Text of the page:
[Numpy-discussion] A Foundation for the support of NumPy and SciPy
Tue Oct 4 19:12:35 CDT 2011
On Tue, Oct 4, 2011 at 7:36 PM, Nathaniel Smith <firstname.lastname@example.org> wrote:
> [Does the group actually exist yet? Google says: "No groups match
> fastecuhla." Replying here instead...]
> I've been following discussions around non-profit incorporation for
> FOSS projects for about a decade (including some years on the internal
> mailing list for SPI Inc. -- Debian's non-profit foundation). My
> strong recommendation is that we not do it ourselves. Setting up our
> own non-profit takes an immense amount of energy, and keeping it going
> requires continuing to jump through annoying hoops on a regular basis
> (you must have a procedure for selecting a board; the board must meet
> on some regular schedule, achieve quorum, and regularly elect
> officers; each board meeting must have minutes produced and approved,
> you must file taxes on time, ...), and it's expensive to boot (you'll
> need a professional accountant, etc.). As a result, most projects that
> try going it on their own end up with a horrible mess sooner or later.
> It works okay if you're, say, Gnome, but most projects are not Gnome.
> But fortunately, this is a solved problem: there are several
> non-profit umbrella corporations that are set up to let experts take
> care of this nonsense and amortize the costs over multiple projects.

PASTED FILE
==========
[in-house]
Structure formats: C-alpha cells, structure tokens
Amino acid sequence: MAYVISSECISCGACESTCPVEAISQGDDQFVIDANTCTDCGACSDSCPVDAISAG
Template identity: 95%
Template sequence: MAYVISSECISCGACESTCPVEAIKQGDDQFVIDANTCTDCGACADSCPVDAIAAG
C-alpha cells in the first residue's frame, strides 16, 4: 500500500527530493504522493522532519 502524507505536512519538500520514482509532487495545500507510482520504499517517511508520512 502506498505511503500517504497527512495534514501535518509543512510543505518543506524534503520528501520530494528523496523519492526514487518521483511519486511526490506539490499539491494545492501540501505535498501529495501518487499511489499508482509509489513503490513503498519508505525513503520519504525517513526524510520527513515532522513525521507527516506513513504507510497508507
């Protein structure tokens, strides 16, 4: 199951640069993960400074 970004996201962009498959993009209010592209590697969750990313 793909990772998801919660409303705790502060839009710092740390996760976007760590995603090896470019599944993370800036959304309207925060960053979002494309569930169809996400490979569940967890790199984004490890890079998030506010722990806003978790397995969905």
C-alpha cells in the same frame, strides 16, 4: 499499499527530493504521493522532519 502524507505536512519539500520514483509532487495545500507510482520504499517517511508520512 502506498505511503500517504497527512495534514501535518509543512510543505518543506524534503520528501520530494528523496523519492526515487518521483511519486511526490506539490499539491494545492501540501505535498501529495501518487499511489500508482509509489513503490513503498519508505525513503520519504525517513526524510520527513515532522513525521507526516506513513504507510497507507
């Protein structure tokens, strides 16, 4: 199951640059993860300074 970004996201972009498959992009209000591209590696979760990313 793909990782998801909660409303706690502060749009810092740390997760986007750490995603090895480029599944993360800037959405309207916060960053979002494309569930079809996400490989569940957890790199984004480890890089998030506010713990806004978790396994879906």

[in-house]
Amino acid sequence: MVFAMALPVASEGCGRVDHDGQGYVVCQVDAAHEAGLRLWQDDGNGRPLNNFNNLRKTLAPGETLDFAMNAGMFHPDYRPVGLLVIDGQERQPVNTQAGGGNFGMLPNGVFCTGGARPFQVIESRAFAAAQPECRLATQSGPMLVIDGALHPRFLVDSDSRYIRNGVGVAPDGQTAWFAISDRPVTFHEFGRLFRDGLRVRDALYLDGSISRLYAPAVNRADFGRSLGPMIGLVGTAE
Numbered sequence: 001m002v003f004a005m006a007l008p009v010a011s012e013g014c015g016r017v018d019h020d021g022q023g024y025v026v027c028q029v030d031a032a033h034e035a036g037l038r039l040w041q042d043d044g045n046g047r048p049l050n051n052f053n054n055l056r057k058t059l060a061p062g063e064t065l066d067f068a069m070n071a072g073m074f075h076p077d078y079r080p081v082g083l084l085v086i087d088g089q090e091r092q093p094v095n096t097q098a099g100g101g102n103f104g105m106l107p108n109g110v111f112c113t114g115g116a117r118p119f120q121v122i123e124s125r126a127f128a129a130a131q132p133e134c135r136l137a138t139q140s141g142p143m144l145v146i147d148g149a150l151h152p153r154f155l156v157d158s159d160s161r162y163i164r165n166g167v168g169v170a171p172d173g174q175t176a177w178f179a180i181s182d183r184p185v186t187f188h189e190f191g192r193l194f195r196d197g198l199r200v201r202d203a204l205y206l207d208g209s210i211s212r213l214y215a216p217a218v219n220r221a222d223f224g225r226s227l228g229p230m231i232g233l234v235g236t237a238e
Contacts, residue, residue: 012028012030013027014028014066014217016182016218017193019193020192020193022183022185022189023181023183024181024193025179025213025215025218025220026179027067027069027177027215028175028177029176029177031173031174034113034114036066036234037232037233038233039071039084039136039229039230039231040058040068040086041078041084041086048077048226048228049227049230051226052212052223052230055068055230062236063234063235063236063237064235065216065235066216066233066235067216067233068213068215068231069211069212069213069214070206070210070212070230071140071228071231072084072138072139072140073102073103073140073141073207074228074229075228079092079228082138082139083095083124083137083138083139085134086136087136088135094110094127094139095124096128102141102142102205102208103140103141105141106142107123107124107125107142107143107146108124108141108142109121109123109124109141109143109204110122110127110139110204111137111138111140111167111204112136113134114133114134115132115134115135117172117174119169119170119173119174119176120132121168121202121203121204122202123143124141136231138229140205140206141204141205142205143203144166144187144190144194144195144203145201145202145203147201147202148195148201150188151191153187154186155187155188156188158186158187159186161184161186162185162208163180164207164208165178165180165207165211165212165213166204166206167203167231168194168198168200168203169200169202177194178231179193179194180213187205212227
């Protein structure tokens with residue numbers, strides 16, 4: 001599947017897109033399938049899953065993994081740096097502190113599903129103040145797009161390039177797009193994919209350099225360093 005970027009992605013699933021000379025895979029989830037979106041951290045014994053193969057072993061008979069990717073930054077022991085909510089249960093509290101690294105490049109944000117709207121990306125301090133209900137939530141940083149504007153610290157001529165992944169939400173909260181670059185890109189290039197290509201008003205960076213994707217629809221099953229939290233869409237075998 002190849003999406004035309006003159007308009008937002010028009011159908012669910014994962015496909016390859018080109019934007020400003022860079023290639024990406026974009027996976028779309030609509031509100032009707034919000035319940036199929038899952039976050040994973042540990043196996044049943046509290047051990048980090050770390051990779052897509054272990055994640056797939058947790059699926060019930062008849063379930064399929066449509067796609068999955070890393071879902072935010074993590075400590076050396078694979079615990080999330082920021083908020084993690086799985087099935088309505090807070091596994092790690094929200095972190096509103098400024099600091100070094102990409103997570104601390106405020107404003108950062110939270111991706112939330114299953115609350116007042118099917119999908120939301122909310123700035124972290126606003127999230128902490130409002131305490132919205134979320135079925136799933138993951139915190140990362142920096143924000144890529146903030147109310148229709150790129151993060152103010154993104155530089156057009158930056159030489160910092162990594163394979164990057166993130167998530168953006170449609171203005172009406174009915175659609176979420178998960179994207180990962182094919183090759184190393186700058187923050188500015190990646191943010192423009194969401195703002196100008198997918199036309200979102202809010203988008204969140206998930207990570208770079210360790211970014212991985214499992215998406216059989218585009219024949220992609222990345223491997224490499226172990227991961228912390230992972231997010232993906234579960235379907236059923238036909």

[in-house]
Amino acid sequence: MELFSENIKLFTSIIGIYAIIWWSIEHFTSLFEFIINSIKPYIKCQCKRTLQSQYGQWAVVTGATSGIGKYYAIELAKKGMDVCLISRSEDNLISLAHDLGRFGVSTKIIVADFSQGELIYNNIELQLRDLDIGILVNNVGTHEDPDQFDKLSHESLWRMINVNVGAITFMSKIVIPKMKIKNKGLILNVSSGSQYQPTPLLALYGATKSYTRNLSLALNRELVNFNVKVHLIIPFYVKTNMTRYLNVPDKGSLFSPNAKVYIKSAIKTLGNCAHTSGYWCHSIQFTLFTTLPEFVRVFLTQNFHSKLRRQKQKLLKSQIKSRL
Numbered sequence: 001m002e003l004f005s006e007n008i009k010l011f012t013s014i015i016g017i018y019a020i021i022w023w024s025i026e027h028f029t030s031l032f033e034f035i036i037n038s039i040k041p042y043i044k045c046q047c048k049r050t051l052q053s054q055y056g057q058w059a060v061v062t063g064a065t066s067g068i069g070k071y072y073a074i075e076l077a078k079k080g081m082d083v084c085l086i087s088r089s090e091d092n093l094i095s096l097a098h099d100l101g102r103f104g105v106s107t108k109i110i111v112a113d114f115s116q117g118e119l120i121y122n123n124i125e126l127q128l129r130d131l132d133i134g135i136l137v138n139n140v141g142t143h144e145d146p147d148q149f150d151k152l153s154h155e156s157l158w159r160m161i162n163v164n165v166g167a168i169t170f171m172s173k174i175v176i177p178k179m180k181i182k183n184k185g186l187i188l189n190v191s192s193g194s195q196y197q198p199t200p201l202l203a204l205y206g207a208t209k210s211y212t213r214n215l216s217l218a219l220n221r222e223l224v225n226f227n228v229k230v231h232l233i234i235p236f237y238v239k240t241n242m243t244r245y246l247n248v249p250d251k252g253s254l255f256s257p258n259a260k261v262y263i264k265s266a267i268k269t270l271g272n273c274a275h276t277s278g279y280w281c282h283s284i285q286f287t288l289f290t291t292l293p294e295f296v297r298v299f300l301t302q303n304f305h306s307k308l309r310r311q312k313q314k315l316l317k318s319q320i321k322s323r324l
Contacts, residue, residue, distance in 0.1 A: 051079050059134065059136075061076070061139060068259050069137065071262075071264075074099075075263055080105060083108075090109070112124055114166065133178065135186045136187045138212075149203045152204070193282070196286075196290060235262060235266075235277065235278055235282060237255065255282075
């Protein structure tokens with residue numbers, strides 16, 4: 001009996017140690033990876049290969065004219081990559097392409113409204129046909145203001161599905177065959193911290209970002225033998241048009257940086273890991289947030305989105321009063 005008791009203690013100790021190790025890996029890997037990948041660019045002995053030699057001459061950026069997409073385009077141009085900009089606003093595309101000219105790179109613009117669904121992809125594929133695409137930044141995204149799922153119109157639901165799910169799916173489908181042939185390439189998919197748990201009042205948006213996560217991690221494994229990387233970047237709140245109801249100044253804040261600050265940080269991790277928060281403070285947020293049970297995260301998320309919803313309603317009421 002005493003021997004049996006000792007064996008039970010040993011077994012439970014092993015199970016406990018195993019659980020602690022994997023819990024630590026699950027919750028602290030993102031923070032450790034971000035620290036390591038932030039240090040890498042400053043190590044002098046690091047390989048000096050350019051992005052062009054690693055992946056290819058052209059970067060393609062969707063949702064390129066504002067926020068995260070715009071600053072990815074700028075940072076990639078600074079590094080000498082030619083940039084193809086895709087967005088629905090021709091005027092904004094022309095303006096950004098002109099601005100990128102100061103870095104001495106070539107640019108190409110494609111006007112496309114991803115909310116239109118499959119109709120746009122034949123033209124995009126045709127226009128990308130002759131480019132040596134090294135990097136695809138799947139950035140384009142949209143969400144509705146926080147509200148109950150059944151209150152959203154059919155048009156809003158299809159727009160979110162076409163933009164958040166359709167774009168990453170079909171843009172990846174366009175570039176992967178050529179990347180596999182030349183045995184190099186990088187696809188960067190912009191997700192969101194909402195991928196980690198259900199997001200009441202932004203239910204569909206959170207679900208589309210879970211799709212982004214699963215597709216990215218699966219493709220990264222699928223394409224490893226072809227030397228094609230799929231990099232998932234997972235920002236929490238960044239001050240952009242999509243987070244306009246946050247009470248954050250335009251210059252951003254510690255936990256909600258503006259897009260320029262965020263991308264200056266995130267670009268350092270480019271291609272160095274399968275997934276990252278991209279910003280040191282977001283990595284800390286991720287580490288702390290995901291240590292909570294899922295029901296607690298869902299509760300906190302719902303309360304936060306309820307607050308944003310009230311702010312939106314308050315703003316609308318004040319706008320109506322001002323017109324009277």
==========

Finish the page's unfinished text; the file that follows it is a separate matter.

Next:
> The Software Freedom Conservancy is probably the most well put
> Many large projects with complicated legal situations like Samba,
> Busybox, jQuery, Wine, Boost, ... have also chosen this approach:
> TL;DR: When it comes to legal matters: starting your own non-profit is
> to joining an existing umbrella non-profit as CVS is to git. (And in
> fact git is also a SF Conservancy member.)
> My $0.02,
> -- Nathaniel
> On Tue, Oct 4, 2011 at 1:58 PM, Travis Oliphant <email@example.com> wrote:
>> Hi all,
>> At the recent US SciPy conference and at other times in the past I have been approached about the possibility of creating a foundation to support the development of SciPy and NumPy.
>> I know there are varying opinions about that, but I am generally very supportive of the idea and would like to encourage it as much as I can. It would be interesting to have a public discussion of the issues, but these discussions should not clog the main list of either NumPy or SciPy.
>> As a result, there has been set up a public mailing list for discussion of the creation of a Foundation for the Advancement of Scientific, Technical, and Engineering Computing Using High Level Abstractions (FASTECUHLA). The list is firstname.lastname@example.org
>> This is a place-holder name that can be replaced if somebody comes up with a better one. Please sign up for that list if you would like to contribute to the discussion.
>> The items to discuss include:
>> * where to organize
>> * what the purposes should be
>> * who should be members
>> * where should money come from
>> * what other organizations exist that we could either piggy-back on or emulate
>> * what are the pitfalls on starting a foundation to support NumPy and SciPy versus other approaches
>> * who has time to participate in its organization and maintenance
>> One important feature is that I see this foundation as a service opportunity and obligation and not as a "feather-in-the-cap" or something to join lightly. I'm hopeful that it can be a place where people and organizations can donate money and know that it will be going directly to further the core packages for Scientific Computing with Python.
>> Thank you,
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